Apple's new Era
Moved this blog from Wordpress to Jekyll.
It’s been more than a year since I last posted here. In the meanwhile, I finally got around to ditch Wordpress and converted the blog to Jekyll. It reminded me of my Linux days : sparse doc, bare bones packaging, lots of googling around to find how to do basic stuff. Ok, the Wordpress importer may not be trivial in itself, but they really could improve the packaging of the themes. That said, the end result is rather satisfying, no more worrying about mysqld having crashed or my Wordpress site having turned into a spam-spewing bot (ok that one was just one time, long ago). I guess I ended up close to what I hoped for 3 years ago, except Jekyll is Ruby-based and serves static pages (which I think is the best strategy for most sites, especially those like mine).
WWDC 18 and next
I usually blog my thoughts on each WWDC, that one didn’t leave me with much to say… Retrospectively it was just Apple iterating over iOS, macOS, and Swift, and then the iPhone, iPad and Apple Watch during the September keynote. I upgraded my old iPhone 6S to a XS, meaning I’vee moved to a 3-year replacement schedule, which feels more adequate to the state of things now, which brings us to…
Apple’ss next phase
The really interesting announcements came much later after WWDC18 or the September keynote, they came on March 25th, 2019. Many long time Apple fans found it boring, but it was actually revolutionary. Not for the industry, but for Apple itself. They’re clearly moving from a purely hardware company (with software and services as a reason for users to buy their hardware), to a services company. Well, they’re still a hardware company too, it’s just that services are getting a much larger part. As the rest of the industry has been doing for a while now, they are moving to subscription-based offers, something one could think they had started a few years ago with the iPhone Upgrade Program, and then with Apple Music (or even iTunes Match before that). The revenue from the Services segment of their business has been growing continuously for years now, and with the inevitable stagnation of iPhone sales, it’s only normal that they’d move to a steadier, more predictable form of revenue. Increasing the price of the iPhone (now way too high for most people) can only work so far. It’s also quickly alienating some customers and turns their image of a luxury brand into a caricature.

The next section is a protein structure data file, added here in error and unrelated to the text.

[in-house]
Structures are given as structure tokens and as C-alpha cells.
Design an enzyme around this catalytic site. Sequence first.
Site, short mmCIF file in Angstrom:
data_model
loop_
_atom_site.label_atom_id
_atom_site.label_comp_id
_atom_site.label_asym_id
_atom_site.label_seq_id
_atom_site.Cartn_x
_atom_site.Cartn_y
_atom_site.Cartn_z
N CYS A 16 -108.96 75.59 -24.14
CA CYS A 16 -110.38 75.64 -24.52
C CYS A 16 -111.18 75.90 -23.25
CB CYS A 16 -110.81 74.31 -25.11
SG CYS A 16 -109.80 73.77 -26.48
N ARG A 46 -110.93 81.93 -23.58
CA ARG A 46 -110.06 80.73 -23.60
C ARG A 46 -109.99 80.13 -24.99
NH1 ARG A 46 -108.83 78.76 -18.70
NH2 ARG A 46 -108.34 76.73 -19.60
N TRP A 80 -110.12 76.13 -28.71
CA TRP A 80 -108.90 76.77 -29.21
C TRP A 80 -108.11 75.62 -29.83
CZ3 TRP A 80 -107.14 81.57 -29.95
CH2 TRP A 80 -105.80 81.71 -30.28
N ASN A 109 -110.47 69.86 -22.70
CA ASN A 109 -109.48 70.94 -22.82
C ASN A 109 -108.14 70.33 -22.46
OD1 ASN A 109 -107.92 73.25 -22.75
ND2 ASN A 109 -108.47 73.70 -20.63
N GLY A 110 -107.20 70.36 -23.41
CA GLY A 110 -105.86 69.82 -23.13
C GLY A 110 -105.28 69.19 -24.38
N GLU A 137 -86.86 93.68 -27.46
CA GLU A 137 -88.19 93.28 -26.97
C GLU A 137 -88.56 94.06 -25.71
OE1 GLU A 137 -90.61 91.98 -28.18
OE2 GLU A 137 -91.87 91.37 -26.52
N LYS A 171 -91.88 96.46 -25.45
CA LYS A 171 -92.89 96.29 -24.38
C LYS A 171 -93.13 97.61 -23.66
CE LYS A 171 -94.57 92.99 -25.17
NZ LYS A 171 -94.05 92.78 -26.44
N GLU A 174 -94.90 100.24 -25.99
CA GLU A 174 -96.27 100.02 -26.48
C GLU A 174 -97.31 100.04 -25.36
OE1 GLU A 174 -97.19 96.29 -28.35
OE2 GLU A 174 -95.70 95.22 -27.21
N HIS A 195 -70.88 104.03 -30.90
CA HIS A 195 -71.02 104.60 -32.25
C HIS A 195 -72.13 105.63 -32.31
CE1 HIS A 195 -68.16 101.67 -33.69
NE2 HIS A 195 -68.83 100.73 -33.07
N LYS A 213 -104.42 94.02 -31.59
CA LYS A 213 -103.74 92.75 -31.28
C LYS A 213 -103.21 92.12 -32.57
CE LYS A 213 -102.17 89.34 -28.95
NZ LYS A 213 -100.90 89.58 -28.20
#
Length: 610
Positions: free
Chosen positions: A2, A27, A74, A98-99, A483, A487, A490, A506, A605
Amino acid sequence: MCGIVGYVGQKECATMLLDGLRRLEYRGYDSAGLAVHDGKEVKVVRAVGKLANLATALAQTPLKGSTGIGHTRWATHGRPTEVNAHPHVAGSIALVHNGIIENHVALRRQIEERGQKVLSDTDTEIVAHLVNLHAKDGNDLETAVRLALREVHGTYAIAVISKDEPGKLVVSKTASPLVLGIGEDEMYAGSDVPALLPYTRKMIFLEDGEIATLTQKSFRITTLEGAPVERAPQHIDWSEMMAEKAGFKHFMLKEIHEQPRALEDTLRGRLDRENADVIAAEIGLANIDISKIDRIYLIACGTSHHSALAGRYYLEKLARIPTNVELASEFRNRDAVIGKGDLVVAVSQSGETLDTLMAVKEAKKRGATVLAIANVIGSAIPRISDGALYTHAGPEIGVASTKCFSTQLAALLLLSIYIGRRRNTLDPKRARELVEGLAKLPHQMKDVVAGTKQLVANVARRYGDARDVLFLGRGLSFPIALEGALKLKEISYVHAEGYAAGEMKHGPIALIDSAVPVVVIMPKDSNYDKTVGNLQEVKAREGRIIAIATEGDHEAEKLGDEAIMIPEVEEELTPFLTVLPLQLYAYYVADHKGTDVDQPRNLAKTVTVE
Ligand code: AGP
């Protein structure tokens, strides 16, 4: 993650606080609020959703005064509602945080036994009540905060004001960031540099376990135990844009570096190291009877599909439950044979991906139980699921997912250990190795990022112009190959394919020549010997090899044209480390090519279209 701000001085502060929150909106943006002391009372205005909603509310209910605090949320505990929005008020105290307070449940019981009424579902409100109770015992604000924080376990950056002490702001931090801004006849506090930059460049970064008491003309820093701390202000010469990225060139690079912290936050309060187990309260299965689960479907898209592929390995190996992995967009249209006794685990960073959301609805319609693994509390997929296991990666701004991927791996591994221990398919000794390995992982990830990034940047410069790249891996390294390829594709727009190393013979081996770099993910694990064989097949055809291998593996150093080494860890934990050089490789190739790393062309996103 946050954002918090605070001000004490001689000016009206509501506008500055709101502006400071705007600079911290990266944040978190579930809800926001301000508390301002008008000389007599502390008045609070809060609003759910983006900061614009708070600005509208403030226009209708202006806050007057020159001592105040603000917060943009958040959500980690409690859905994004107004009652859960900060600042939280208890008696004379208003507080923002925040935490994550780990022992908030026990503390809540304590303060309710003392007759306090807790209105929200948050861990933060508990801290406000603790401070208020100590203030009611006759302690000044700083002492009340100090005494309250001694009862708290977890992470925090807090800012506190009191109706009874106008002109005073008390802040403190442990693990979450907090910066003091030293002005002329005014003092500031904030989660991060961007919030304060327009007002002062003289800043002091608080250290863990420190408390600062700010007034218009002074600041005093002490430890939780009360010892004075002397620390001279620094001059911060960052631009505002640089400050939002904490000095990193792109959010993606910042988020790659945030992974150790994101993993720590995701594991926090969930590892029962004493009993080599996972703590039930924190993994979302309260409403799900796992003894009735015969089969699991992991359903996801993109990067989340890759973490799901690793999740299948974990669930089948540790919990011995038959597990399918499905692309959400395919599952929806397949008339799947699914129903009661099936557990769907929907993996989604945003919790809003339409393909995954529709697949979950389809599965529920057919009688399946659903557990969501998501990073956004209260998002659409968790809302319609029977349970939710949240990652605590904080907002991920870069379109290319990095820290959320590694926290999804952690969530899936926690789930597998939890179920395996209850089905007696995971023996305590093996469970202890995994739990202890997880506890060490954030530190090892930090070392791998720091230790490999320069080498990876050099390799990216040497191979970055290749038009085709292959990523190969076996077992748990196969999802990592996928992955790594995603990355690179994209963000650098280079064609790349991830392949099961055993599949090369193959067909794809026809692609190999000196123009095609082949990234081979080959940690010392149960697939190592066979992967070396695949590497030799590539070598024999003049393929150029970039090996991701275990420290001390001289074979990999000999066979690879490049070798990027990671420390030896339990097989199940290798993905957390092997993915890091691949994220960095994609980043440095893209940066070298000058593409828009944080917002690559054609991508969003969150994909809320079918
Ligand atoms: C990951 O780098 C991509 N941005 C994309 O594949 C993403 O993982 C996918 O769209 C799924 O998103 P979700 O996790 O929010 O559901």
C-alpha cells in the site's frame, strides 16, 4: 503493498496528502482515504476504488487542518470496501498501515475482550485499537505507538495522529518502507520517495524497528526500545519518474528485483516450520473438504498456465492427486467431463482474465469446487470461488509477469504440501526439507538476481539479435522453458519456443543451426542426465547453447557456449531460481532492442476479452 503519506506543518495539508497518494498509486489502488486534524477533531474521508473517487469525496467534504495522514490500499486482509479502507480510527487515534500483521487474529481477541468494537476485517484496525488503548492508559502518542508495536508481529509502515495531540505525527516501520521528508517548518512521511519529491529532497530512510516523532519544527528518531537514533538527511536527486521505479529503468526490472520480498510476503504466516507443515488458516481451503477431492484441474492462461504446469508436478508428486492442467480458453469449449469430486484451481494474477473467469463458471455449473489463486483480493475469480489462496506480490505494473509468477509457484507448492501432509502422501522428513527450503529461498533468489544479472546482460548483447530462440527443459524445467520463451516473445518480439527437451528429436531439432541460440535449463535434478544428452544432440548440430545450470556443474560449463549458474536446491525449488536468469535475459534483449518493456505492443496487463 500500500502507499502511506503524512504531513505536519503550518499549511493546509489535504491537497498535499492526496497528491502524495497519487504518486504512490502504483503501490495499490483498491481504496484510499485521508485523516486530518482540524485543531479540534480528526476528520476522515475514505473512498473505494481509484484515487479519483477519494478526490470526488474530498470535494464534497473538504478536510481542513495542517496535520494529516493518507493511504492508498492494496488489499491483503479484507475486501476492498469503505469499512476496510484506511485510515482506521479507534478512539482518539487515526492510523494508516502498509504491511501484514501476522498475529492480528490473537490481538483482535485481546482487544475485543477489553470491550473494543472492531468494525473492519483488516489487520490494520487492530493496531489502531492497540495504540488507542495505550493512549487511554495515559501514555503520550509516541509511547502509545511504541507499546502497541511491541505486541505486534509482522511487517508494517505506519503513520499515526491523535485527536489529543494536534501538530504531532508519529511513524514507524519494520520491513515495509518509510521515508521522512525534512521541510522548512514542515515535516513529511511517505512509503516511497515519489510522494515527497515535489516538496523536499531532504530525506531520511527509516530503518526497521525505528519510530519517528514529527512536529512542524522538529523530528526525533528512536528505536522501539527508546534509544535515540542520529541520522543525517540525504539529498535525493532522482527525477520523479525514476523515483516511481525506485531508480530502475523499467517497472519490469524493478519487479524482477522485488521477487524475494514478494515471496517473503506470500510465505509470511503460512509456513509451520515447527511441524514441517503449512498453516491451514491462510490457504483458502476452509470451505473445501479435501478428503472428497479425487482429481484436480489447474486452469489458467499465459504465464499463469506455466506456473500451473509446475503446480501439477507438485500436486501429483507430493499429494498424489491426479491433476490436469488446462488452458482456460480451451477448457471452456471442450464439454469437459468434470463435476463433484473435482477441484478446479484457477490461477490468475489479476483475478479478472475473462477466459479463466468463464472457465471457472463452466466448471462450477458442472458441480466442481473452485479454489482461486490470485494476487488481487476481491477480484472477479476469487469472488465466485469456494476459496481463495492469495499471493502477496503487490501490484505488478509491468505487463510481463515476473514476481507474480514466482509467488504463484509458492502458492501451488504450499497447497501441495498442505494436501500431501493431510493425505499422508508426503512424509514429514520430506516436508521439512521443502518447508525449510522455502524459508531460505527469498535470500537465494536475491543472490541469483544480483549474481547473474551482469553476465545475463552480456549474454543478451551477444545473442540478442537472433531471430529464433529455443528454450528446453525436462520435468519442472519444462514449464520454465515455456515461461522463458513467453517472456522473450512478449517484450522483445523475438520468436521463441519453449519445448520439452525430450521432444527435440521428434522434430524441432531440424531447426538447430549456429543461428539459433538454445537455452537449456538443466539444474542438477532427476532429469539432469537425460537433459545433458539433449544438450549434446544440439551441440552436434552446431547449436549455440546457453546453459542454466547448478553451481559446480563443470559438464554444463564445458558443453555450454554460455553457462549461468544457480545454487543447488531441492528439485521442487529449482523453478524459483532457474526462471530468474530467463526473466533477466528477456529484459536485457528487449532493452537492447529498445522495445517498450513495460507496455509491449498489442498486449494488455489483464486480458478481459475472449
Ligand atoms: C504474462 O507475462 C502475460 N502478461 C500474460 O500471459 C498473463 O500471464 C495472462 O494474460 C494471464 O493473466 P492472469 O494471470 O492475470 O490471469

So Apple needs to make their hardware more durable, as people are no longer feeling the need to upgrade so often. The difference in everyday use between a current iPhone and one from the previous year is hardly perceptible, all of the “big” features are in, all that is left are small incremental improvement on things like camera and overall speed, and some new cool features like FaceID (this one really feels magical). The same thing applies to Macs, but here Apple will have to fix the bad impression left by the macbook keyboard fiasco, and by the fact that Macs are now impossible (or very difficult) to upgrade. My 2008 Mac Pro is still running (now being essentially an iTunes library server) more than 11 years after its purchase in large part because I could upgrade it over the years (memory, HDs, and graphic card).